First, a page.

CHICAGO/ABOARD AIR FORCE ONE — The White House said on Tuesday that Brazil’s JBS SA has informed the U.S. government that a ransomware attack against the company that has disrupted meat production in North America and Australia originated from a criminal organization likely based in Russia.
JBS is the world’s largest meatpacker and the incident caused its Australian operations to shut down on Monday and has stopped livestock slaughter at its plants in several U.S. states.
The ransomware attack follows one last month by a group with ties to Russia on Colonial Pipeline, the largest fuel pipeline in the United States, that crippled fuel delivery for several days in the U.S. Southeast.
White House spokeswoman Karine Jean-Pierre said the United States has contacted Russia’s government about the matter and that the FBI is investigating.
“The White House has offered assistance to JBS and our team at the Department of Agriculture have spoken to their leadership several times in the last day,” Jean-Pierre said.
“JBS notified the administration that the ransom demand came from a criminal organization likely based in Russia. The White House is engaging directly with the Russian government on this matter and delivering the message that responsible states do not harbor ransomware criminals,” Jean-Pierre added.
JBS sells beef and pork under the Swift brand, with retailers like Costco carrying its pork loins and tenderloins. JBS also owns most of chicken processor Pilgrim’s Pride Co , which sells organic chicken under the Just Bare brand.
If the outages continue, consumers could see higher meat prices during summer grilling season in the United States and meat exports could be disrupted at a time of strong demand from China.
The disruption to JBS’s operations have already had an impact, analysts said. U.S. meatpackers slaughtered 94,000 cattle on Tuesday, down 22% from a week earlier and 18% from a year earlier, according to estimates from the U.S. Department of Agriculture. Pork processors slaughtered 390,000 hogs, down 20% from a week ago and 7% from a year ago.
JBS said it suspended all affected systems and notified authorities. It said its backup servers were not affected.
“On Sunday, May 30, JBS USA determined that it was the target of an organized cybersecurity attack, affecting some of the servers supporting its North American and Australian IT systems,” the company said in a Monday statement.
“Resolution of the incident will take time, which may delay certain transactions with customers and suppliers,” the company’s statement said.
The company, which has its North American operations headquartered in Greeley, Colorado, controls about 20% of the slaughtering capacity for U.S. cattle and hogs, according to industry estimates.
“The supply chains, logistics, and transportation that keep our society moving are especially vulnerable to ransomware, where attacks on choke points can have outsized effects and encourage hasty payments,” said threat researcher John Hultquist with security company FireEye.
U.S. beef and pork prices are already rising as China increases imports, animal feed costs rise and slaughterhouses face a dearth of workers.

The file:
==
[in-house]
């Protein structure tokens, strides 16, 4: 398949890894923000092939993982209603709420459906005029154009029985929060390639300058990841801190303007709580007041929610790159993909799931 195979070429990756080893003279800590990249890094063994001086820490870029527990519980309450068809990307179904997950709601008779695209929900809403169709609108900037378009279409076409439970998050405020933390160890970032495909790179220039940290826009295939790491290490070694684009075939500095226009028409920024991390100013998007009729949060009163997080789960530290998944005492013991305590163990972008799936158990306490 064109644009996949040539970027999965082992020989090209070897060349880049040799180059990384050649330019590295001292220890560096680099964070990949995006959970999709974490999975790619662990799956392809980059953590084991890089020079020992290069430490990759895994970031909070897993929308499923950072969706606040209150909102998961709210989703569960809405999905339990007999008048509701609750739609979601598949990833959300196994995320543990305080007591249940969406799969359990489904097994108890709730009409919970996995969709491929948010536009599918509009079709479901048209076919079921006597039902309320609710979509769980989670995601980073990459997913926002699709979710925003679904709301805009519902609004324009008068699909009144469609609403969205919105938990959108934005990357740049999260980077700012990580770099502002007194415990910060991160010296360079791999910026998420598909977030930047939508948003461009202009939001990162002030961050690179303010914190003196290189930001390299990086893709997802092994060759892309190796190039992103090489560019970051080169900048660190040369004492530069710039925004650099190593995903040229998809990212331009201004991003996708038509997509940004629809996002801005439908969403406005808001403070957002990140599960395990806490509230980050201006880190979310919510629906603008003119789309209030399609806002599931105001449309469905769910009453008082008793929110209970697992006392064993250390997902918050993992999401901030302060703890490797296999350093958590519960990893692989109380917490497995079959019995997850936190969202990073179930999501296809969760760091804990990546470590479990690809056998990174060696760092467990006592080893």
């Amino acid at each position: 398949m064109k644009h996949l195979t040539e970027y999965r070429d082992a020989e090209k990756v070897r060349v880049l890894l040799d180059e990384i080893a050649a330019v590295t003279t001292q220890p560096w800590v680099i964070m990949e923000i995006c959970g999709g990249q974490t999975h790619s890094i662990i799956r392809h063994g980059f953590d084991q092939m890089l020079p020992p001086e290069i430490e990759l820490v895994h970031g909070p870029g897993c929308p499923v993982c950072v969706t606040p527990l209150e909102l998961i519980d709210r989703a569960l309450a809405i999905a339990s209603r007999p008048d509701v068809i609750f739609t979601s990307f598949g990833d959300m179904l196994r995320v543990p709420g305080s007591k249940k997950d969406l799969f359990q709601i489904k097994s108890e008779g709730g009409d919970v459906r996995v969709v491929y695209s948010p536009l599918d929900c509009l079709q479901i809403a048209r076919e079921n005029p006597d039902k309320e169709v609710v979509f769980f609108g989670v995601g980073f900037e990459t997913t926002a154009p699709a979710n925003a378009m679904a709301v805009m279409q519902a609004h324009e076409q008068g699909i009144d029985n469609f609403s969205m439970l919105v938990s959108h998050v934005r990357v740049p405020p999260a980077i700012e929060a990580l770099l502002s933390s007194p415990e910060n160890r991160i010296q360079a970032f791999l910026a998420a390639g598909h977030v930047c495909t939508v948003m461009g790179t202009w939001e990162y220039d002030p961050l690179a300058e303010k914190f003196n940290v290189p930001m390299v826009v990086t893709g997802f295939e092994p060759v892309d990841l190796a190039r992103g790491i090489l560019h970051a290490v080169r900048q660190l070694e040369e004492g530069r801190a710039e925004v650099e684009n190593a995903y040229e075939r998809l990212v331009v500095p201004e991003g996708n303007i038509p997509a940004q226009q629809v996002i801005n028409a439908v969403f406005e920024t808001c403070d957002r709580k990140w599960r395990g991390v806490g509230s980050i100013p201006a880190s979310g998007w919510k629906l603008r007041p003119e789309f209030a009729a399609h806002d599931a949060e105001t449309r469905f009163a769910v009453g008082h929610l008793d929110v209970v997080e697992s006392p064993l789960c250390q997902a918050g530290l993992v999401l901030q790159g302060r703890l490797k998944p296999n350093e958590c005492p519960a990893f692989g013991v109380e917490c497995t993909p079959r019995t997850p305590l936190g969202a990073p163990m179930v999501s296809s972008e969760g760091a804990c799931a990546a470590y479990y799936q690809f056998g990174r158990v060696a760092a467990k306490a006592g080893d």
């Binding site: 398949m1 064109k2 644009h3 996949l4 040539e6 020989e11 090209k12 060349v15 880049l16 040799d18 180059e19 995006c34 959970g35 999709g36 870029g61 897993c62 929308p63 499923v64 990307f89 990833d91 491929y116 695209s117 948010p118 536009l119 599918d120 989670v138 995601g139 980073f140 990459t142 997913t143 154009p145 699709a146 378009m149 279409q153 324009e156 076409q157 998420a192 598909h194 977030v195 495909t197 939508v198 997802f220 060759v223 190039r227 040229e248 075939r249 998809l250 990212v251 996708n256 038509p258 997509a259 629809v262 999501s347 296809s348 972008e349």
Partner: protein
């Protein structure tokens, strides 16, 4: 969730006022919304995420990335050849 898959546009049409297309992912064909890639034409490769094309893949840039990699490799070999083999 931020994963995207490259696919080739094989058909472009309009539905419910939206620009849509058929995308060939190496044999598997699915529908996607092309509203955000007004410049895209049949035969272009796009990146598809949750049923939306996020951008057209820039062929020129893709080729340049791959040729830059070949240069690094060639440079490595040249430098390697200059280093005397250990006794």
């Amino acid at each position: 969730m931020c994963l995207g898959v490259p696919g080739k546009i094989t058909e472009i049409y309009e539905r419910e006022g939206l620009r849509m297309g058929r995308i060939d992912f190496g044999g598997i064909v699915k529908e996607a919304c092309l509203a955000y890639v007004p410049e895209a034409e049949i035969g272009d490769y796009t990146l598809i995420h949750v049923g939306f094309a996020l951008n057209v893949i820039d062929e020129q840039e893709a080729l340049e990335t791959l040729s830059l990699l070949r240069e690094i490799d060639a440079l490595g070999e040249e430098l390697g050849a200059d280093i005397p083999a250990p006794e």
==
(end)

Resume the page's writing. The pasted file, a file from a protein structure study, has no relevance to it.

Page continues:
The cyberattack on JBS could push U.S. beef prices even higher by tightening supplies, said Brad Lyle, chief financial officer for consultancy Partners for Production Agriculture.
Any impact on consumers would depend on how long production is down, said Matthew Wiegand, a risk management consultant and commodity broker at FuturesOne in Nebraska.
“If it lingers for multiple days, you see some food service shortages,” Wiegand added.
Two kill and fabrication shifts were canceled at JBS’s beef plant in Greeley due to the cyberattack, representatives of the United Food and Commercial Workers International Union Local 7 said in an email. JBS Beef in Cactus, Texas, also said on Facebook it would not run on Tuesday.
JBS Canada said in a Facebook post that shifts had been canceled at its plant in Brooks, Alberta, on Monday and one shift so far had been canceled on Tuesday.
A representative in Sao Paulo said the company’s Brazilian operations were not impacted.
The United States Cattlemen’s Association, a beef industry group, said on Twitter that it had reports of JBS redirecting livestock haulers who arrived at plants with animals ready for slaughter.
Last year, cattle and hogs backed up on U.S. farms and some animals were euthanized when meat plants shut due to COVID-19 outbreaks among workers.
A JBS beef plant in Grand Island, Nebraska, said only workers in maintenance and shipping were scheduled to work on Tuesday due to the cyberattack.
U.S. congressman Rick Crawford, an Arkansas Republican, called for a bipartisan effort to secure food and cyber security in the wake of the cyberattack.
“Cyber security is synonymous with national security, and so is food security,” Crawford wrote on Twitter.
Over the past few years, ransomware has evolved from one of many cybersecurity threats to a pressing national security issue with the full attention of the White House.
A number of gangs, many of them Russian-speakers, develop the software that encrypts files and then demand payment in cryptocurrency for keys that allow the owners to decipher and use them again. An increasing number of the gangs, and affiliates who break into some of the targets, now demand additional money not to publish sensitive documents they copied before encrypting.
In addition to diplomatic pressure, the Biden White House is taking steps to regulate cryptocurrency transfers and track where they are going.
About the photo: A worker heads into the JBS meatpacking plant Monday, Oct. 12, 2020, in Greeley, Colo. (AP Photo/David Zalubowski)
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